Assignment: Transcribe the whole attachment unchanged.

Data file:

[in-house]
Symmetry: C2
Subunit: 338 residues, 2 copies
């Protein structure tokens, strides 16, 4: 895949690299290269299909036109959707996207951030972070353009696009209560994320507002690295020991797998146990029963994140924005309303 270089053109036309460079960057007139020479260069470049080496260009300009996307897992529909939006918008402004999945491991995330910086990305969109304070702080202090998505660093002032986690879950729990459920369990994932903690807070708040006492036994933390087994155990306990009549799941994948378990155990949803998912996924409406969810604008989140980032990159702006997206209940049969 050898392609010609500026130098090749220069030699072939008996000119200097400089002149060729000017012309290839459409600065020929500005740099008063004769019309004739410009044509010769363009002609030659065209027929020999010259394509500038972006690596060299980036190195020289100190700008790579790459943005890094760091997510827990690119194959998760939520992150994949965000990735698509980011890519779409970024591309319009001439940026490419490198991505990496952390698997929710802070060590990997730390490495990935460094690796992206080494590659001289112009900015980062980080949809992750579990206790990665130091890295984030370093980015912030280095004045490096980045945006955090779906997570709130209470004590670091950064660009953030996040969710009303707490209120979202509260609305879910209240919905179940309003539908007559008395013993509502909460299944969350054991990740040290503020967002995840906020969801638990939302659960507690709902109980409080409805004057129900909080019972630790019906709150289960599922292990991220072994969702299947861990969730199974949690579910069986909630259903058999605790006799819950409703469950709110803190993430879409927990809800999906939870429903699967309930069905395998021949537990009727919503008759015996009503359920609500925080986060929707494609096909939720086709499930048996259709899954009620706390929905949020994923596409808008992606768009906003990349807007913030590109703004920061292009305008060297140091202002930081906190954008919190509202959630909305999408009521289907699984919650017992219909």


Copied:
[in-house]
Symmetry: C2
Subunit: 338 residues, 2 copies
């Protein structure tokens, strides 16, 4: 895949690299290269299909036109959707996207951030972070353009696009209560994320507002690295020991797998146990029963994140924005309303 270089053109036309460079960057007139020479260069470049080496260009300009996307897992529909939006918008402004999945491991995330910086990305969109304070702080202090998505660093002032986690879950729990459920369990994932903690807070708040006492036994933390087994155990306990009549799941994948378990155990949803998912996924409406969810604008989140980032990159702006997206209940049969 050898392609010609500026130098090749220069030699072939008996000119200097400089002149060729000017012309290839459409600065020929500005740099008063004769019309004739410009044509010769363009002609030659065209027929020999010259394509500038972006690596060299980036190195020289100190700008790579790459943005890094760091997510827990690119194959998760939520992150994949965000990735698509980011890519779409970024591309319009001439940026490419490198991505990496952390698997929710802070060590990997730390490495990935460094690796992206080494590659001289112009900015980062980080949809992750579990206790990665130091890295984030370093980015912030280095004045490096980045945006955090779906997570709130209470004590670091950064660009953030996040969710009303707490209120979202509260609305879910209240919905179940309003539908007559008395013993509502909460299944969350054991990740040290503020967002995840906020969801638990939302659960507690709902109980409080409805004057129900909080019972630790019906709150289960599922292990991220072994969702299947861990969730199974949690579910069986909630259903058999605790006799819950409703469950709110803190993430879409927990809800999906939870429903699967309930069905395998021949537990009727919503008759015996009503359920609500925080986060929707494609096909939720086709499930048996259709899954009620706390929905949020994923596409808008992606768009906003990349807007913030590109703004920061292009305008060297140091202002930081906190954008919190509202959630909305999408009521289907699984919650017992219909």